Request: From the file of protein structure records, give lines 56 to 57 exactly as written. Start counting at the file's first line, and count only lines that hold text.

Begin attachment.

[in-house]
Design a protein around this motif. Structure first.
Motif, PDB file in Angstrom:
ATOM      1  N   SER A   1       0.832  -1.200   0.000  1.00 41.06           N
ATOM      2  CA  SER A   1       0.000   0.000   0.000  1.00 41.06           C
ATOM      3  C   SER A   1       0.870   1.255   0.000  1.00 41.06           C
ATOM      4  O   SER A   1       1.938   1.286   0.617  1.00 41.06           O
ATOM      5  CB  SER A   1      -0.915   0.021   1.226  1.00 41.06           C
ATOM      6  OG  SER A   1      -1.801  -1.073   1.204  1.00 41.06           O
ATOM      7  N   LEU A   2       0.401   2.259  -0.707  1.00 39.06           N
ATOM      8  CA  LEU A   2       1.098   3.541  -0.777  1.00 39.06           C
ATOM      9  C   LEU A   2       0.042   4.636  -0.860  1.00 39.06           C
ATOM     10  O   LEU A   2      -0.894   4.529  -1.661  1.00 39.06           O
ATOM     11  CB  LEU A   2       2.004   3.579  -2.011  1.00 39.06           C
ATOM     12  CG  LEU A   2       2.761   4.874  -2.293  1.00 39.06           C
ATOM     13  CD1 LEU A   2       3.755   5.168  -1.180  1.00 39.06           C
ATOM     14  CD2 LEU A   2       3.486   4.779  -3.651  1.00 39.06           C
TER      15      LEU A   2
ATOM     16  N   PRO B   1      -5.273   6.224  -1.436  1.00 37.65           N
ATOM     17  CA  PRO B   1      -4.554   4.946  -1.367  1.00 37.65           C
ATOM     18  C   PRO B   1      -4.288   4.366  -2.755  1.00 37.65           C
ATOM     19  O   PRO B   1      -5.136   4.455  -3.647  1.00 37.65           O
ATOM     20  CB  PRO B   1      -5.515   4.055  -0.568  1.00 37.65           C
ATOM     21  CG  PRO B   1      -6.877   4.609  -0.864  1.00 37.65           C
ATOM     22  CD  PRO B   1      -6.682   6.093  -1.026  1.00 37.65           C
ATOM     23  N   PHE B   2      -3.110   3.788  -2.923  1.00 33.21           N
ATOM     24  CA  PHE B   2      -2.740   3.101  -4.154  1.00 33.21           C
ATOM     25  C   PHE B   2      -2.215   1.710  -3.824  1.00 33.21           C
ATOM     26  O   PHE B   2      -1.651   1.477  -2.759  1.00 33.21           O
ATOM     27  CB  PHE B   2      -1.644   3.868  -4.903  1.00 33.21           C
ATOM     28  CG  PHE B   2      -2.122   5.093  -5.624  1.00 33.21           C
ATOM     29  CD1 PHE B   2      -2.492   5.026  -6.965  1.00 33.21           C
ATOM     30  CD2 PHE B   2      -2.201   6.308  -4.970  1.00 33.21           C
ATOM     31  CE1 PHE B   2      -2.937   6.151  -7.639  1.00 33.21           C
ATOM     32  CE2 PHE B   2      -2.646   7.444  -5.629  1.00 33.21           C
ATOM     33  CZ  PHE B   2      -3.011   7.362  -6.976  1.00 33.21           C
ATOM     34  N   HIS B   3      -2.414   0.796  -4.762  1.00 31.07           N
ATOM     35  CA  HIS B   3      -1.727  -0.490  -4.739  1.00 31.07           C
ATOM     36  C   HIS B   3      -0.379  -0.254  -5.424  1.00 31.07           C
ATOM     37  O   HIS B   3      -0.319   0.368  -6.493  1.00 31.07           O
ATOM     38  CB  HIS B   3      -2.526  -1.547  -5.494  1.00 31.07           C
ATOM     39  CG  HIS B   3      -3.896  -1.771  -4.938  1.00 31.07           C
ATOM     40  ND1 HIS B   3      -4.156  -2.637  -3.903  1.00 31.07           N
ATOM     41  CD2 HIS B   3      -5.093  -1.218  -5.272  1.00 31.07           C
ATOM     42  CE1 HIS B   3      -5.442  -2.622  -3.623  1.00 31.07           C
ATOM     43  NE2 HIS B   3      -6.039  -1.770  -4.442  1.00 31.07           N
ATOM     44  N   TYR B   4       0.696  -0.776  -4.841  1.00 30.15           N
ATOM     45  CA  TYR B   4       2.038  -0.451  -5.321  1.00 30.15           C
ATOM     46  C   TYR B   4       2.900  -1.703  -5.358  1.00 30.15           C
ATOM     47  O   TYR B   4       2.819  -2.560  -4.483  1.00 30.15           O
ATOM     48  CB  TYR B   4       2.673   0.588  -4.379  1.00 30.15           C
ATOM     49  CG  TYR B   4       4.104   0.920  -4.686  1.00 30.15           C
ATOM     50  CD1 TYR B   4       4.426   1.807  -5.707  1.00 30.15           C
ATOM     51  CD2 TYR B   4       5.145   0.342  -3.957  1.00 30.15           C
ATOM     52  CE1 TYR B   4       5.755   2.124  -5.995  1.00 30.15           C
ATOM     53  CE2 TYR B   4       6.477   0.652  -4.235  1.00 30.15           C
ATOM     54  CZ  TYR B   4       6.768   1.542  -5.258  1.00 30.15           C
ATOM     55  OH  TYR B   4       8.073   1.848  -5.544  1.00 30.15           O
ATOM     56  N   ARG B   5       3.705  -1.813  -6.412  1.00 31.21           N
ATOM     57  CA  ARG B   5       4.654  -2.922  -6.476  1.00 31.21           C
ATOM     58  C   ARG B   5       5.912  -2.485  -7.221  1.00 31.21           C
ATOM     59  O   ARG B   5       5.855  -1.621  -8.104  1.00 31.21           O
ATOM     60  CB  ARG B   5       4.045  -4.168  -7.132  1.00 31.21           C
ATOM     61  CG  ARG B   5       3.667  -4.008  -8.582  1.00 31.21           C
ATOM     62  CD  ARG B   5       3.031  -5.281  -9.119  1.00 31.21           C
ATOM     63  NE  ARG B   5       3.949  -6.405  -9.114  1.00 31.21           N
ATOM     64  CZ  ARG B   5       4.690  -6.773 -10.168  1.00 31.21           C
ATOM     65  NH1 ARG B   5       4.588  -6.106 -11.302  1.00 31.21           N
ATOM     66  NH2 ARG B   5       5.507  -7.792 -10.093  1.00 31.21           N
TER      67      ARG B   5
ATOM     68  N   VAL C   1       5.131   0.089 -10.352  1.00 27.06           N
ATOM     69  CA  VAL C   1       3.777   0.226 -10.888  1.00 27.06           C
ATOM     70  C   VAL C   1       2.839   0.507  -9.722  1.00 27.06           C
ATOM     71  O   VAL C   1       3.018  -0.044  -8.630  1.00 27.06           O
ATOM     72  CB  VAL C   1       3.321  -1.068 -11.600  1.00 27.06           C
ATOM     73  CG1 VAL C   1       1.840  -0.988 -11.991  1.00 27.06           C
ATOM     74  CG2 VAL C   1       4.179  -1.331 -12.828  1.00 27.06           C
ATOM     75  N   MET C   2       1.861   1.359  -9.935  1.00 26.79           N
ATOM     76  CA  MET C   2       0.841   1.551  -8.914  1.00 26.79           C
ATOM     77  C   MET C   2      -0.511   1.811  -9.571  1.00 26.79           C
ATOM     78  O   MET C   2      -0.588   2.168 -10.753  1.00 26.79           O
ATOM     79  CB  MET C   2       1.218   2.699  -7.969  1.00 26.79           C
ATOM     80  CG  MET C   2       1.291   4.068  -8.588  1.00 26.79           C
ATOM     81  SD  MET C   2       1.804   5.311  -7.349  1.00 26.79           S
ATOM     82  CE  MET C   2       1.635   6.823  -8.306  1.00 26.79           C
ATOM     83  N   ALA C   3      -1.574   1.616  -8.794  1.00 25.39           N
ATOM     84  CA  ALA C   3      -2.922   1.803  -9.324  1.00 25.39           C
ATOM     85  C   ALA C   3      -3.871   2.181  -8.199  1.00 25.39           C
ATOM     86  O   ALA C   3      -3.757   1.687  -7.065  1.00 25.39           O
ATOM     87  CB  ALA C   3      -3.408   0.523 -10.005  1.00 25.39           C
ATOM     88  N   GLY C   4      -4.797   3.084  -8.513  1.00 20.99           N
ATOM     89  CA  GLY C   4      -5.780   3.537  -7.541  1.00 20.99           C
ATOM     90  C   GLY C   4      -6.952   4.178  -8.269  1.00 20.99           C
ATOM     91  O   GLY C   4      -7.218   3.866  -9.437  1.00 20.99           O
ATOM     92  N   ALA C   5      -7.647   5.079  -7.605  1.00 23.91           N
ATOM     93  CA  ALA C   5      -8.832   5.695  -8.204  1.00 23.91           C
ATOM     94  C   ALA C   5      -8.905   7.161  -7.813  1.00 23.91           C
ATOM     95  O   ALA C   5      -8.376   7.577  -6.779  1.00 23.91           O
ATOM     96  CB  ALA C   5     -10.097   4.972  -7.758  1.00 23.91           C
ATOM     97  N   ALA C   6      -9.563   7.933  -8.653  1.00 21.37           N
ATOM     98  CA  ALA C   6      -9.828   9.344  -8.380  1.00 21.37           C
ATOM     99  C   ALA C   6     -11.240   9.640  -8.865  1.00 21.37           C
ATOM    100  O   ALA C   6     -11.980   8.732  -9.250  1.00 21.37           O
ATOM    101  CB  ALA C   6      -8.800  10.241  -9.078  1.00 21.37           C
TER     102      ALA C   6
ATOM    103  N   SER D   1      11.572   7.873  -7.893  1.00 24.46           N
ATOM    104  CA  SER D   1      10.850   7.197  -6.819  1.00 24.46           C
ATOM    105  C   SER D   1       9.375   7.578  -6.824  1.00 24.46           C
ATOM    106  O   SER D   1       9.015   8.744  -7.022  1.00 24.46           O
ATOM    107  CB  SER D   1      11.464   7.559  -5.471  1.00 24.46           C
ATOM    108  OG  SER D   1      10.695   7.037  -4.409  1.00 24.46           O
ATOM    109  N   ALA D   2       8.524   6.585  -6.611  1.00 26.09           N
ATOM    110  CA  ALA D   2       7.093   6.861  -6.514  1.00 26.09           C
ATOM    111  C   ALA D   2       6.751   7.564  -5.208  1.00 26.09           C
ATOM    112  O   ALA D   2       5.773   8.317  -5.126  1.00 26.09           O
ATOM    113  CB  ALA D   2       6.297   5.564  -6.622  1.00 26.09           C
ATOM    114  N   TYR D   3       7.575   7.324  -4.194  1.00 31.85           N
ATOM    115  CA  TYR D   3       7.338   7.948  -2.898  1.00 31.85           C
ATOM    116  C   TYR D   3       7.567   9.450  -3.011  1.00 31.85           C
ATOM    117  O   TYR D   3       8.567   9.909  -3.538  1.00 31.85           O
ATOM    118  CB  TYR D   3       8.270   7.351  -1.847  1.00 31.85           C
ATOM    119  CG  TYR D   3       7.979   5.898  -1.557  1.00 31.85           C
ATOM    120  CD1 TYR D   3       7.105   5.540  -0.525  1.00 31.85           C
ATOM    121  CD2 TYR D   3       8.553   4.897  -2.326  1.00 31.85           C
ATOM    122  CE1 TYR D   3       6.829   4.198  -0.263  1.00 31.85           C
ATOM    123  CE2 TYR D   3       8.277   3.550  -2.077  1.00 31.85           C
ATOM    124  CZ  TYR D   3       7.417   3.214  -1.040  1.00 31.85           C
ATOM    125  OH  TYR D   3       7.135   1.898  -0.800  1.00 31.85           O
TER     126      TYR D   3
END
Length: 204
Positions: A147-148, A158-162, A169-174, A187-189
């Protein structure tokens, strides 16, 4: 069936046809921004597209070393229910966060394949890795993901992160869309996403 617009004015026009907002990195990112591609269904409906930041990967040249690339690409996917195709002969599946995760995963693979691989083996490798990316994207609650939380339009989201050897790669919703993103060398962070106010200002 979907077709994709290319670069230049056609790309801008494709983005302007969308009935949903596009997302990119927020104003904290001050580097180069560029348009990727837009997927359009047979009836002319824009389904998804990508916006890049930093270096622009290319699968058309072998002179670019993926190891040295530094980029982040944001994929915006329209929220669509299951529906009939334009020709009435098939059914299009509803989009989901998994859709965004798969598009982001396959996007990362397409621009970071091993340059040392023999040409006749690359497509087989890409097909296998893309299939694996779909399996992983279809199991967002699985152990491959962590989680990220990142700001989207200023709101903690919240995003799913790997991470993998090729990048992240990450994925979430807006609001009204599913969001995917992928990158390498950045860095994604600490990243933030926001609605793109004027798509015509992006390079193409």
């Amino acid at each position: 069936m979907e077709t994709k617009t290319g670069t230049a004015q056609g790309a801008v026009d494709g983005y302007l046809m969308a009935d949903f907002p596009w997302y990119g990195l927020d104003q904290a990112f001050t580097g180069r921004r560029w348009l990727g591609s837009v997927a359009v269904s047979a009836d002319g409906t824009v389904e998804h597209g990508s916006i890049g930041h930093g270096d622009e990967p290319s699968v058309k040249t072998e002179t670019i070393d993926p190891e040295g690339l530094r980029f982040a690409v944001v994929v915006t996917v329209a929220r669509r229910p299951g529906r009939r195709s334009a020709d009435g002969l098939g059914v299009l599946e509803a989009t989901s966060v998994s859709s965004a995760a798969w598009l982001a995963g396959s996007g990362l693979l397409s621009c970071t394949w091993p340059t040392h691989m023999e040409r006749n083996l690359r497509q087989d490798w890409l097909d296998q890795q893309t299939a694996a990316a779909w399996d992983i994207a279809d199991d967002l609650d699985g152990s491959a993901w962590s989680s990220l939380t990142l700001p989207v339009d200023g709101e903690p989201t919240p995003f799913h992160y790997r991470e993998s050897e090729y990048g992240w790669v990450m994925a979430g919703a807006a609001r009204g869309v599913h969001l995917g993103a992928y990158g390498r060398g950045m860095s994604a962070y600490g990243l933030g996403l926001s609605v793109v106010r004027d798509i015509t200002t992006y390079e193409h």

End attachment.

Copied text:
ATOM     53  CE2 TYR B   4       6.477   0.652  -4.235  1.00 30.15           C
ATOM     54  CZ  TYR B   4       6.768   1.542  -5.258  1.00 30.15           C